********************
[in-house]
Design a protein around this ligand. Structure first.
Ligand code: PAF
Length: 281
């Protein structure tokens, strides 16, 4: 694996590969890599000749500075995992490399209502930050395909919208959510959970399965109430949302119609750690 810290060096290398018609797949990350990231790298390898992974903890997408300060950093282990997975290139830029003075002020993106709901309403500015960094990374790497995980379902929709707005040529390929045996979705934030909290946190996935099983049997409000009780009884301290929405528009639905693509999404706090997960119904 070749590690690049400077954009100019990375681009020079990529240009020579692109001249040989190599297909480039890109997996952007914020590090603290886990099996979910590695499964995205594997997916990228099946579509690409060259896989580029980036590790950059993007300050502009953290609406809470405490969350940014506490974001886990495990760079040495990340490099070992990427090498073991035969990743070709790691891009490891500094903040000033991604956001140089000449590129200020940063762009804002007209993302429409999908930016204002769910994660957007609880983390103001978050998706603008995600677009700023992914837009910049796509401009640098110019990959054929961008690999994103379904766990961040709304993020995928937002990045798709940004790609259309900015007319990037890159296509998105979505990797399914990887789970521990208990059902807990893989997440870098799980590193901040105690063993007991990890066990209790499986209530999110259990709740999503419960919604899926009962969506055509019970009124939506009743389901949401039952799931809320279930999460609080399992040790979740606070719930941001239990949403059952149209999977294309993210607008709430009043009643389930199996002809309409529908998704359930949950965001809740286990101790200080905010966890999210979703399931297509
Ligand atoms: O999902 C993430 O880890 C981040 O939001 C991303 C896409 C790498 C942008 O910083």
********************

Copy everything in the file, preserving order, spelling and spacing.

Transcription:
[in-house]
Design a protein around this ligand. Structure first.
Ligand code: PAF
Length: 281
């Protein structure tokens, strides 16, 4: 694996590969890599000749500075995992490399209502930050395909919208959510959970399965109430949302119609750690 810290060096290398018609797949990350990231790298390898992974903890997408300060950093282990997975290139830029003075002020993106709901309403500015960094990374790497995980379902929709707005040529390929045996979705934030909290946190996935099983049997409000009780009884301290929405528009639905693509999404706090997960119904 070749590690690049400077954009100019990375681009020079990529240009020579692109001249040989190599297909480039890109997996952007914020590090603290886990099996979910590695499964995205594997997916990228099946579509690409060259896989580029980036590790950059993007300050502009953290609406809470405490969350940014506490974001886990495990760079040495990340490099070992990427090498073991035969990743070709790691891009490891500094903040000033991604956001140089000449590129200020940063762009804002007209993302429409999908930016204002769910994660957007609880983390103001978050998706603008995600677009700023992914837009910049796509401009640098110019990959054929961008690999994103379904766990961040709304993020995928937002990045798709940004790609259309900015007319990037890159296509998105979505990797399914990887789970521990208990059902807990893989997440870098799980590193901040105690063993007991990890066990209790499986209530999110259990709740999503419960919604899926009962969506055509019970009124939506009743389901949401039952799931809320279930999460609080399992040790979740606070719930941001239990949403059952149209999977294309993210607008709430009043009643389930199996002809309409529908998704359930949950965001809740286990101790200080905010966890999210979703399931297509
Ligand atoms: O999902 C993430 O880890 C981040 O939001 C991303 C896409 C790498 C942008 O910083």